Bennett improves on the concept by avoiding the cliche and even making it comically absurd. Not only are the antique bellows funny, but Trump playing dress-up is doubly so, even if the situation itself is far from humorous.

But even that iteration assumes Trump was stoking a fire already kindled, and I like Telnaes’ accusation that he started the blaze himself, intentionally.

It’s not simply this week’s riots. It’s three years of dividing our country into irreconcilable teams, which is why Wuerker’s idea of reminding cops of the Bill of Rights seems weak.

It’s like reminding a drunk that he promised to come home sober.

John and Yoko wondered aloud what someone had done to little Adolph as a child that turned him into the evil genocidal monster he grew up to be, to which Frank Zappa responded “That’s an interesting observation, but it doesn’t solve the problem in 1938.”

And, as he went on to say, the problem wasn’t that Hitler existed but that people in Germany welcomed his message.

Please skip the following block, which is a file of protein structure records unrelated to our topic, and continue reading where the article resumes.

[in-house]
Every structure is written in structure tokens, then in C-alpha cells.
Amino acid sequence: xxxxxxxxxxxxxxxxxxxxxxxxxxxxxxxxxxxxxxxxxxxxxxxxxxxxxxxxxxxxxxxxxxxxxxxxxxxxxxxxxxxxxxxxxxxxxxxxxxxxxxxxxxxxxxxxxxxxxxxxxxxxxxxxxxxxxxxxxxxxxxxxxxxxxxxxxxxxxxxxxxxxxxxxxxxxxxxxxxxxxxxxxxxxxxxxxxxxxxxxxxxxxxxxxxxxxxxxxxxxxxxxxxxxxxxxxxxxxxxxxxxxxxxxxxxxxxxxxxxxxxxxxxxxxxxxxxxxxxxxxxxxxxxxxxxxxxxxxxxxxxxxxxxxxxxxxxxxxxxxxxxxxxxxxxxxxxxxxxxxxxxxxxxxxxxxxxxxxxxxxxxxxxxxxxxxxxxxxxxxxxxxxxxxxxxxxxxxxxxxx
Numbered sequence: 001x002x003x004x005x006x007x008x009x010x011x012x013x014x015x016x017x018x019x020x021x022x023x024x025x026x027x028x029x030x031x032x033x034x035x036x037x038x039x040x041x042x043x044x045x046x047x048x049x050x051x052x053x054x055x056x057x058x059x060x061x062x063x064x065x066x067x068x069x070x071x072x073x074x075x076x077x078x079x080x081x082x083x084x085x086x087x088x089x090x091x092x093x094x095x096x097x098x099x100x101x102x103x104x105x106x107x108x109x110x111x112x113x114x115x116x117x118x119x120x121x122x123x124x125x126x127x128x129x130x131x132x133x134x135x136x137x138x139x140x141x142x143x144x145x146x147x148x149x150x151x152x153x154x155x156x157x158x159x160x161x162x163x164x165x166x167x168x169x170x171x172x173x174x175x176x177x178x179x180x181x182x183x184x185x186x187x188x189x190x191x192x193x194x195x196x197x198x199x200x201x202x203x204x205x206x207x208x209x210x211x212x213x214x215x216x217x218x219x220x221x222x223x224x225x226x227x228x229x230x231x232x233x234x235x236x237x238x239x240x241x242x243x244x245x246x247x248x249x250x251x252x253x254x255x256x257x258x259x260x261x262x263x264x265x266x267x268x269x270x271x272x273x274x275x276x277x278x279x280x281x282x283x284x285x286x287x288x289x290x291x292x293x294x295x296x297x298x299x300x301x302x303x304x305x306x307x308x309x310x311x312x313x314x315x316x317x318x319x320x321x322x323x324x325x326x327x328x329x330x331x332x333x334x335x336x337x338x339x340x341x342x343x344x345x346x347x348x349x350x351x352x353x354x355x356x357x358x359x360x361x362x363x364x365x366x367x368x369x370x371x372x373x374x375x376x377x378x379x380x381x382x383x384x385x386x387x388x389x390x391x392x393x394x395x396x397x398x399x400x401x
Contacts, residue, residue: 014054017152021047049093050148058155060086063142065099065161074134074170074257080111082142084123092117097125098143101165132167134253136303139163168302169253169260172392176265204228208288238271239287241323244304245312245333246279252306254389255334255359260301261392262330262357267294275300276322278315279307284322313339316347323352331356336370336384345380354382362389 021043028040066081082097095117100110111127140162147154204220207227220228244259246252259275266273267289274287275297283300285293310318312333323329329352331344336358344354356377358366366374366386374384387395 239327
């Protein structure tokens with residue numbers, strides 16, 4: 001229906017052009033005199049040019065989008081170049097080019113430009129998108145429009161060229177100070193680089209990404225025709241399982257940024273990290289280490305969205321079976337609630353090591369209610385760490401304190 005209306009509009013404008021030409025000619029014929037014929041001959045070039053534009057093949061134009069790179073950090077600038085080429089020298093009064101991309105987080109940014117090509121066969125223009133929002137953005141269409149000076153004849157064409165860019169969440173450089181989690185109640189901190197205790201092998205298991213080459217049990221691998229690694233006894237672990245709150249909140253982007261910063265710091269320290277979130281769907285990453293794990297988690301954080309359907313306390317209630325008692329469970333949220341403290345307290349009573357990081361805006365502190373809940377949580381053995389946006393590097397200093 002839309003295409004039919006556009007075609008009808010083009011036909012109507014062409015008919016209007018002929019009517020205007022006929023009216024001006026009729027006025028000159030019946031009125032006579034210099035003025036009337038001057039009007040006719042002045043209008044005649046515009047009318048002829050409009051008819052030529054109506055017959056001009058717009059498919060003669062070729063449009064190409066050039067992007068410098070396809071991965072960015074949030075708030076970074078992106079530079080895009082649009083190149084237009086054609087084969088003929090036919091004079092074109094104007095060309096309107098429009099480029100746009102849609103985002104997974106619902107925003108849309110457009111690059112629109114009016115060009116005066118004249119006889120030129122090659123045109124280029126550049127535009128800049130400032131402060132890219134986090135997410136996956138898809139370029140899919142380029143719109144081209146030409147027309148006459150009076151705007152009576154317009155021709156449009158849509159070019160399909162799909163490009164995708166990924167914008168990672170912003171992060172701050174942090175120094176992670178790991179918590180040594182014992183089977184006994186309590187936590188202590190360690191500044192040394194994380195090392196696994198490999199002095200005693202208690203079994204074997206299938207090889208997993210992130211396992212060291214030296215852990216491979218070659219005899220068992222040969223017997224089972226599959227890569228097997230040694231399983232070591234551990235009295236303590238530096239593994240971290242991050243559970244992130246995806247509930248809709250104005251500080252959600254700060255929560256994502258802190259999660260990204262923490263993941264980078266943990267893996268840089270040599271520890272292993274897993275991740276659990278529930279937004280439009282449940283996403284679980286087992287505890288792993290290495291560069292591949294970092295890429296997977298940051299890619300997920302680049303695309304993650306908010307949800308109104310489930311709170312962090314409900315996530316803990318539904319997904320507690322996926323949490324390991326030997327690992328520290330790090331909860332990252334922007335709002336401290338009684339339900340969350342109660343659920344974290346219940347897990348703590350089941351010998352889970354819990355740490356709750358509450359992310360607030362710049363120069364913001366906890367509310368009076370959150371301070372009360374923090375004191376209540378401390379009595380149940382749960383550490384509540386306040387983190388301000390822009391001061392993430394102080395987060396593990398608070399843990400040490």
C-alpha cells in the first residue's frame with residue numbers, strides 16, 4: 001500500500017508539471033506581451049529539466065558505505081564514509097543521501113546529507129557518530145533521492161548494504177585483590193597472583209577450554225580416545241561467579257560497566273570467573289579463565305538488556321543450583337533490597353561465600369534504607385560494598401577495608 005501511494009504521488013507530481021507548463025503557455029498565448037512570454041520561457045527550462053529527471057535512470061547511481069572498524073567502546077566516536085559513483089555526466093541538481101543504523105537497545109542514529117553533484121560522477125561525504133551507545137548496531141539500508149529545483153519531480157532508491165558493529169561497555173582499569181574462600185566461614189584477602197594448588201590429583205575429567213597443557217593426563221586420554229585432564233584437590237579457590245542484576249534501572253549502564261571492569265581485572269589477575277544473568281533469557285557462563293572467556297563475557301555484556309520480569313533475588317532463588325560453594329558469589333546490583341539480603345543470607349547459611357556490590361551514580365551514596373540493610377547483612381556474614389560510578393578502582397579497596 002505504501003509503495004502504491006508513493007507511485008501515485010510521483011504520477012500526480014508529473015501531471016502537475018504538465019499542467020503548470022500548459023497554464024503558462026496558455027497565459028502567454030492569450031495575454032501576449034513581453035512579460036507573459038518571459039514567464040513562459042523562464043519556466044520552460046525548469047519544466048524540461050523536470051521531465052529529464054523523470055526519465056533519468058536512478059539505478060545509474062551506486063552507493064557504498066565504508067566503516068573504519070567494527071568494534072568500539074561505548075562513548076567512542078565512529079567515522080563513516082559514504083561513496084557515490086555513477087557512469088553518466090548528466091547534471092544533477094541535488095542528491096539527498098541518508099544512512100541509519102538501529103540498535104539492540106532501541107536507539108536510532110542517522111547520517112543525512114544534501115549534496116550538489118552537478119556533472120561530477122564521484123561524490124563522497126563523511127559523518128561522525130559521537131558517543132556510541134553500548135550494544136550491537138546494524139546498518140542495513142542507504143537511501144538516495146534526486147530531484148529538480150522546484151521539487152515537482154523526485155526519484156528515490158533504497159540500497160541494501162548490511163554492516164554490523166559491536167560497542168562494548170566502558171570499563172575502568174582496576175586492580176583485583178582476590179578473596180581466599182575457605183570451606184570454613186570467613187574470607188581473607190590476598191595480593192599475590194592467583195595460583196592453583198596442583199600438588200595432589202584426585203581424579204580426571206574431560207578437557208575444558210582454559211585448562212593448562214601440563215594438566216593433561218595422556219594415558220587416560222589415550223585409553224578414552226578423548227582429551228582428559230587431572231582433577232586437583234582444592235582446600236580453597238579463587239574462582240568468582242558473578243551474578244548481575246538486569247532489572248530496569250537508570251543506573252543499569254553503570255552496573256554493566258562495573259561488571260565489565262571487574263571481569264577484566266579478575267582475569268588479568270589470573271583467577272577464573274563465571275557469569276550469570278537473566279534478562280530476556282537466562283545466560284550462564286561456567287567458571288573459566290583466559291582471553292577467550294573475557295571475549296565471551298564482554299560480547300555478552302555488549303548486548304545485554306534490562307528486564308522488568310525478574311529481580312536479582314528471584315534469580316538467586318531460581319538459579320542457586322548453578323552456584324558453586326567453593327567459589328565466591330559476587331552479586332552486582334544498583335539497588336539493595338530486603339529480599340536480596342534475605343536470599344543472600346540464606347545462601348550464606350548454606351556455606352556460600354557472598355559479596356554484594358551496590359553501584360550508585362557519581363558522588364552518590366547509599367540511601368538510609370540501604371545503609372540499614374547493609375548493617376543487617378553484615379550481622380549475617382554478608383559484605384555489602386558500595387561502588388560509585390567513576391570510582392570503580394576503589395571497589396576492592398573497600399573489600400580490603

Which seemed highly theoretical 34 years ago but has since become terrifyingly real.


The police are well aware of the Bill of Rights, but the corrupt bullyboys among them — as seen in this popular 1967 poster, as seen in the 1973 film, “Serpico” — consider it a barrier to “doing their jobs,” which, in turn, they consider to be keeping “other people” in their place.

Since then, we’ve turned Dirty Harry into a hero for having the same attitude.

It’s certainly true that, to these corrupt cops, “other people” can be identified by their skin color, but at other times, in other places, they were identifiable by six-pointed stars on their clothing or, more recently, by long hair.